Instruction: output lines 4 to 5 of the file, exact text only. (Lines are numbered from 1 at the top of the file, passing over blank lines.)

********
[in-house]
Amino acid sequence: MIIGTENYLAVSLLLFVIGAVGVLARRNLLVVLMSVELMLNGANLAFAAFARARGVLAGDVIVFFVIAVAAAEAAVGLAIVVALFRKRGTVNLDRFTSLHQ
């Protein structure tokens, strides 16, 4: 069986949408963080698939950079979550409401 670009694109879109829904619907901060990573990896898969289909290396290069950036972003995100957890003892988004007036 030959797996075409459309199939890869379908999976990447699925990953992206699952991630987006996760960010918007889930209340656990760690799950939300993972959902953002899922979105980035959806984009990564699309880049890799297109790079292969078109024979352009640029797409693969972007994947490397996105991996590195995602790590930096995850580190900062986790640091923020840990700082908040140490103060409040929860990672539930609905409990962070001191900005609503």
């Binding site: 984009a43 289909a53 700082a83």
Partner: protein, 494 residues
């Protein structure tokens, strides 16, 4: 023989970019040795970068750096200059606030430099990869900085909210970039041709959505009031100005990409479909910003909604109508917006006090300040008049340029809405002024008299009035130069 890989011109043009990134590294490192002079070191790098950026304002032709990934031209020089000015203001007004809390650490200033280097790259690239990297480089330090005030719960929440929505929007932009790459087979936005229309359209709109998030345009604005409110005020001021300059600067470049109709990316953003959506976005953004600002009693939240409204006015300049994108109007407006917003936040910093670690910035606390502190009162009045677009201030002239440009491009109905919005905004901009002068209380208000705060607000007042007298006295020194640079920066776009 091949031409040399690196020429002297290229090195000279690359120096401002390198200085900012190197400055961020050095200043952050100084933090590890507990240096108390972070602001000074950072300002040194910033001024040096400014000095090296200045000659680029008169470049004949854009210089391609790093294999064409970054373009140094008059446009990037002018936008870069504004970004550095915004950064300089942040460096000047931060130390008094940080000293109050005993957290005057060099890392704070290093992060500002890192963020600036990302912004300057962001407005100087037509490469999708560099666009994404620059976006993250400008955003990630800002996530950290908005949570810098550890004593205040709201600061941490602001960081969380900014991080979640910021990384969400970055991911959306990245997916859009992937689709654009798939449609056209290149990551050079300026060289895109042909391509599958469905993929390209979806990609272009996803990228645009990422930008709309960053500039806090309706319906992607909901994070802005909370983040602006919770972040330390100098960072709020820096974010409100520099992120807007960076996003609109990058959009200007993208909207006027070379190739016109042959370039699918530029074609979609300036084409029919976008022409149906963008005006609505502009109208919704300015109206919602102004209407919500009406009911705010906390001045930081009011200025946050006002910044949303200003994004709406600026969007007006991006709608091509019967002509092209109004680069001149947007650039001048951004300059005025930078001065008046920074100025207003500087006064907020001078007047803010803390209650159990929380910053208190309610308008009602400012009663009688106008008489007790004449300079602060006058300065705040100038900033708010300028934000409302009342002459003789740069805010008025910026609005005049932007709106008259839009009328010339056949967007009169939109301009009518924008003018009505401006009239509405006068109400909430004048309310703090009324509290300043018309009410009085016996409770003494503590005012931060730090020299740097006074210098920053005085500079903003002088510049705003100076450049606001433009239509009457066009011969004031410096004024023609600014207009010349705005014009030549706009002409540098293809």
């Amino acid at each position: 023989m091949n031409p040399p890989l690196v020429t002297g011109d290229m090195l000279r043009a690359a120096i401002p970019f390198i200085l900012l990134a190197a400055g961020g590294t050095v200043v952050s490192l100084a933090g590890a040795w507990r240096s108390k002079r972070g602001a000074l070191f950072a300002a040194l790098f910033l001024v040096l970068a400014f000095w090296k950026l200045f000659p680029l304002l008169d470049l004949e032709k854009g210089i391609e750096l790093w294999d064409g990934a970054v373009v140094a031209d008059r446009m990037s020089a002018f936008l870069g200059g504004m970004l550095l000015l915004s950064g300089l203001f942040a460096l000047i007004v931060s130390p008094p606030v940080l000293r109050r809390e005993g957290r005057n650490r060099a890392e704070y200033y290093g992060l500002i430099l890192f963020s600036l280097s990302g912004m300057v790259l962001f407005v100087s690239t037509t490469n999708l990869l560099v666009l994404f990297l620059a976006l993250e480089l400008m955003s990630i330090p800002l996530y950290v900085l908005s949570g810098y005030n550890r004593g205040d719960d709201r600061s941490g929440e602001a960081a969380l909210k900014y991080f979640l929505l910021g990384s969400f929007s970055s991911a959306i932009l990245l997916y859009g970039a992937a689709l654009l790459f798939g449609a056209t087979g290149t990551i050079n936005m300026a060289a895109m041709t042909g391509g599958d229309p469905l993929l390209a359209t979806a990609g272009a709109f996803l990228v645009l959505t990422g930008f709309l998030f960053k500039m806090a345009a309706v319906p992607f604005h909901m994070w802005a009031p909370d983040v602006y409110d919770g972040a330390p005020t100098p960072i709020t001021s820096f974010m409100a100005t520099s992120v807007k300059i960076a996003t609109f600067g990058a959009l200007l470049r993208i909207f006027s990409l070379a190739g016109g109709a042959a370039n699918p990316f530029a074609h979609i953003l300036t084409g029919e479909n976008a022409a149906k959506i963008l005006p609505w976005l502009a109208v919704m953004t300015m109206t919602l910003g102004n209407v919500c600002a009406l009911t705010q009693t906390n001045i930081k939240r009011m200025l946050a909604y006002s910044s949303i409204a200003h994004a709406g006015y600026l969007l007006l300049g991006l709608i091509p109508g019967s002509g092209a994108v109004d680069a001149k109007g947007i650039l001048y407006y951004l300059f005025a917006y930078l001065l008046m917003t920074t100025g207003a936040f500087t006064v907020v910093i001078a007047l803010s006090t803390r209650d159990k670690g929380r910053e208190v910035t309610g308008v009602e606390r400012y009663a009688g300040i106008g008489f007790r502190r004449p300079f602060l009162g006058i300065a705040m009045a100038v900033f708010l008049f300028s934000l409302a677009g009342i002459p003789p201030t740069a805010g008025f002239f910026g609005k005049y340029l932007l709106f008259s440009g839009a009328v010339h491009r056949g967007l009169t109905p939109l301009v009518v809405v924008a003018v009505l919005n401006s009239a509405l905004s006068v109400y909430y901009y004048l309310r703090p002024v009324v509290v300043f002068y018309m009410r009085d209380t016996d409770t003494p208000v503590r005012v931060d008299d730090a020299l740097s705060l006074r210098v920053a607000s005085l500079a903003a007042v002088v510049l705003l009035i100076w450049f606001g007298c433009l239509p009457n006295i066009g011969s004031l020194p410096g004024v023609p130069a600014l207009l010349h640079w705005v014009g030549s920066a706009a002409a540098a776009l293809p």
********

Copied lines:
């Binding site: 984009a43 289909a53 700082a83």
Partner: protein, 494 residues